If the Employee Free Choice Act (EFCA) becomes law, it would change the landscape of labor law as we know it. Some also say that it could hinder the ability of employers to remain competitive.
Generally speaking, the bill has been favored by Democrats and opposed by Republicans. On March 1, 2007, the U.S. House of Representatives passed the bill. On June 26, 2007, the highly contested legislation stalled in the U.S. Senate after failing to reach the 60 votes needed to cut off debate. But the November 2008 elections provided Democrats with a larger majority in the Senate. This year, should the bill get through the upper house during the 111th Congress, President Barack Obama has promised his support.
“The impact on employers would be great,” says Mike Stief, a partner with a specialty in labor and employment law at Jackson Lewis LLP. “If passed, EFCA will dictate a recently unionized employer’s ability to compete in the marketplace.”
Smart Business talked to Stief about how employers should cope with EFCA, should it pass.
What are the provisions of EFCA?
One, it does away with the secret ballot election process. Right now, employees vote in secret ballot elections to determine if they want a union. Under EFCA, once a majority of employees sign verifiable union authorization cards, then the union is recognized without that secret ballot election.
The second provision requires mandatory arbitration if a company and a new union do not reach an agreement on a contract within 120 days of negotiation and mediation. The final component of the act is the creation of increased penalties for employer violations.
Which of the provisions has the biggest impact on employers?
The one that’s getting all the publicity is doing away with the secret ballot election. Employees normally are subjected to peer pressure to sign union authorization cards, but under current law, they can change their minds and secretly vote against the union, if so inclined. Clearly, however, the arbitration clause has bigger potential impact on employers.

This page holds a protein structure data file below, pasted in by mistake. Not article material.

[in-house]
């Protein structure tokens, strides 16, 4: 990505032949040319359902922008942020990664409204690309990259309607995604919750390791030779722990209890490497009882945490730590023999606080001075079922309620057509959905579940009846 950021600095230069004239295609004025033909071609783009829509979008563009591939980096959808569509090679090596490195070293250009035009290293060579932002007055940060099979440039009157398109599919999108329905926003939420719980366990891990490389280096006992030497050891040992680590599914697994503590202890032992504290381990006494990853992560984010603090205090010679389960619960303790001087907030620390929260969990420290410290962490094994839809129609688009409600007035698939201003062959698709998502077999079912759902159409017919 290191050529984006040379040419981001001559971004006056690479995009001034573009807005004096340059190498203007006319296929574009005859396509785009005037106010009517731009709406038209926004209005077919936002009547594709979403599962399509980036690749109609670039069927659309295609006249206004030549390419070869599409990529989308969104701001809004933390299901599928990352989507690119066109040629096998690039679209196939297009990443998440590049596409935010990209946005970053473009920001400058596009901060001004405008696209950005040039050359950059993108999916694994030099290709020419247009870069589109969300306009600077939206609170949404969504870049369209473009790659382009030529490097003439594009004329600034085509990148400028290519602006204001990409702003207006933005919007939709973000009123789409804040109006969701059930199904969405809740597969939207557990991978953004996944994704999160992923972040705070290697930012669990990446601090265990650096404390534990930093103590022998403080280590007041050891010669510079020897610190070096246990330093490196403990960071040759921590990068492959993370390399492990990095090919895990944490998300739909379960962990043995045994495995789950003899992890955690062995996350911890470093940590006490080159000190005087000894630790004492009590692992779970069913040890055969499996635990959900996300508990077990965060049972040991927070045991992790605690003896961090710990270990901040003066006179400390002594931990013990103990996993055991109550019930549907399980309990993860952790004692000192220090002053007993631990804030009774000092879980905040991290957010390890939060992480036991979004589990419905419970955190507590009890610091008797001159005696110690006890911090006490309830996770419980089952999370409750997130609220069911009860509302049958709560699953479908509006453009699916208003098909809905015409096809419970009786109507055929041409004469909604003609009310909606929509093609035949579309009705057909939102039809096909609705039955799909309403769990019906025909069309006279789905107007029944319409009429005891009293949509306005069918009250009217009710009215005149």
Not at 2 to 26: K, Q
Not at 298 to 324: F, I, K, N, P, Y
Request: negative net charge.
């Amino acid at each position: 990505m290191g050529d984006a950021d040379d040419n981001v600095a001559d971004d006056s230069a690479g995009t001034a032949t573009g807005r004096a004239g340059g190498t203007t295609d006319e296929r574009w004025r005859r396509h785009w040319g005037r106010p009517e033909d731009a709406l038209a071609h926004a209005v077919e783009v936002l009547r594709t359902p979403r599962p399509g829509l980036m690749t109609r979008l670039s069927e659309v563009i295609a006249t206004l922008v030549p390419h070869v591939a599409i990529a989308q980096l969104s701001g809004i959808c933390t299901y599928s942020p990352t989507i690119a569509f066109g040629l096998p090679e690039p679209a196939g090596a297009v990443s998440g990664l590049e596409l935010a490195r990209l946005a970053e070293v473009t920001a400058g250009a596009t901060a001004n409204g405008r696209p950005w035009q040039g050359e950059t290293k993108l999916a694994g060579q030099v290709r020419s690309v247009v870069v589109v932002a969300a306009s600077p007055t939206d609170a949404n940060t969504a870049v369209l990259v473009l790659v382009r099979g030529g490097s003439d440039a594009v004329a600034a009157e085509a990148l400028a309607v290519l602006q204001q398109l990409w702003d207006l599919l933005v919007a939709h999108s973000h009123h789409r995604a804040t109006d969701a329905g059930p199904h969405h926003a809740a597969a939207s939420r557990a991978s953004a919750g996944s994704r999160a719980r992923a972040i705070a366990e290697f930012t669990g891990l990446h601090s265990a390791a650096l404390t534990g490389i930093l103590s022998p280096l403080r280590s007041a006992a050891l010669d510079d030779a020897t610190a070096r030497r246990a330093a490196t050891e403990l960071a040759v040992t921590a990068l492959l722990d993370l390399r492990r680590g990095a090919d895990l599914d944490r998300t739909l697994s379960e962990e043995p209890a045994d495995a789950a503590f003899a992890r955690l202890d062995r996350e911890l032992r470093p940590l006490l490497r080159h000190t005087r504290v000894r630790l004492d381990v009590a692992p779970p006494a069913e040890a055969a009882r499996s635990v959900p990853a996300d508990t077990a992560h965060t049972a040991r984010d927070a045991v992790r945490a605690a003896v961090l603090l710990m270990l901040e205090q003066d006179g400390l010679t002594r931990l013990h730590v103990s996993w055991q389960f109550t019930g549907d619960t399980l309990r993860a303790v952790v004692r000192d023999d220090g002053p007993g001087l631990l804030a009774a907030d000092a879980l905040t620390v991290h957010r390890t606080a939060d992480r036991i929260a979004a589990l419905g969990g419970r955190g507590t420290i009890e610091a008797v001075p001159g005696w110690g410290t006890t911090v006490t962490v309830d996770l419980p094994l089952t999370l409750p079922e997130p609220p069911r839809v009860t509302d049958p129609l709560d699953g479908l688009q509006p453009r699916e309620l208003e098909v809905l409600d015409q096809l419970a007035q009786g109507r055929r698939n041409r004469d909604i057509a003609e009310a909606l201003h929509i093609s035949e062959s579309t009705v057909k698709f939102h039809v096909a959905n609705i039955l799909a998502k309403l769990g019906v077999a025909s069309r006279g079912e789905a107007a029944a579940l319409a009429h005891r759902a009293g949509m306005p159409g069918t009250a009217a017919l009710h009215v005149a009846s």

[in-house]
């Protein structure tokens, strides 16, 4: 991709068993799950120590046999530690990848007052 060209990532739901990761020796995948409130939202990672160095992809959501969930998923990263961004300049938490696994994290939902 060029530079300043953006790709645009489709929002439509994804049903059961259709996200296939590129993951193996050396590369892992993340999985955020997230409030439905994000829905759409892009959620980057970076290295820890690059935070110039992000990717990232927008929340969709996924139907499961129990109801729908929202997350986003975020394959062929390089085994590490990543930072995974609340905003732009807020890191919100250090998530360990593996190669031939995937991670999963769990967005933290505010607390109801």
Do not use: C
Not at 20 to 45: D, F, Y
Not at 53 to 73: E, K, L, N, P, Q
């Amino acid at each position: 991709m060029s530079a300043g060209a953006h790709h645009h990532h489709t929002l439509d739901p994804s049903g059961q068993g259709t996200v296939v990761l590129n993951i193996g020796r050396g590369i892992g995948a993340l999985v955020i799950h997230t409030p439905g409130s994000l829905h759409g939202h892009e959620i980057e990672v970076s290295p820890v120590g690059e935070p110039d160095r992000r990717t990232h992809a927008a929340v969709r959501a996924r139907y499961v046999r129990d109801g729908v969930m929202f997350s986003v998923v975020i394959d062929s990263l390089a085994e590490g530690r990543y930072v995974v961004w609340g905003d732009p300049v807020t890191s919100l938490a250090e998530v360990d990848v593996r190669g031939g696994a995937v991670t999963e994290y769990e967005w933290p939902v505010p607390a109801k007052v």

Under the current law, if a union represents a private sector company’s employees, the employer has the obligation to bargain in good faith. There’s no arbitration and no specific time lines to reach an agreement. Under EFCA, you would be forced to get a contract done in the 90 days or you go to nonbinding mediation with the Federal Mediation & Conciliation Service (FMCS). The problem is that virtually no first contracts are negotiated in 90 days, because every single word needs to be agreed upon by both parties. Then, if the FMCS is unable to mediate a solution within 30 days, you are forced into binding arbitration to set terms and conditions of employment. This third-party arbitrator, unfortunately, may not know anything about your business and the economic realities of the situation.
But isn’t EFCA good for employees?
There has never been a bill more mis-named in the history of the country. It should be called the Employee Forced Choice Act. Unions claim they need it because the current process is unfair [under NLRB provisions], yet unions won more than 60 percent of elections held last year.
In reality, this bill is bad for employees. If you have a union vote at a plant now, every eligible employee gets the opportunity to vote, and the majority wins. But if a union were going to organize under EFCA, it might focus on the 50-percent-plus-one of the employees who were most likely to unionize. That kind of approach would have the effect of disenfranchising the rest of the workers.
This bill has more to do with unions rebuilding their membership ranks than employee free choice. Union membership is down to 7.5 percent of the private sector work force. If EFCA becomes law, the only groups that benefit are the unions.
Should EFCA become law this year, what can employers do?
Your hands are not tied. But you cannot be reactive to union organizing. Rather, you must be proactive and rethink your whole approach to employee relations, attempting to work one on one with employees rather than being forced to work through a third party — a union. To create an issue-free work environment is to take away that union threat.
Many employers think that they’re planting a seed if they discuss the topic of unions with employees. On the contrary, you need to proactively discuss the issue of unions with your people, if EFCA passes.
Finally, conduct a vulnerability assessment. Find out what issues your employees might have, and clean them up before any type of union actually starts. You can conduct the assessment internally or hire consultants or lawyers to help you.
There’s a lot you can do, but if you wait to address some of these issues until a push for unionization begins, it will be too late.
MIKE STIEF is a partner with a specialty in labor and employment law with Jackson Lewis LLP. Reach him at (412) 232-0138 or email@example.com.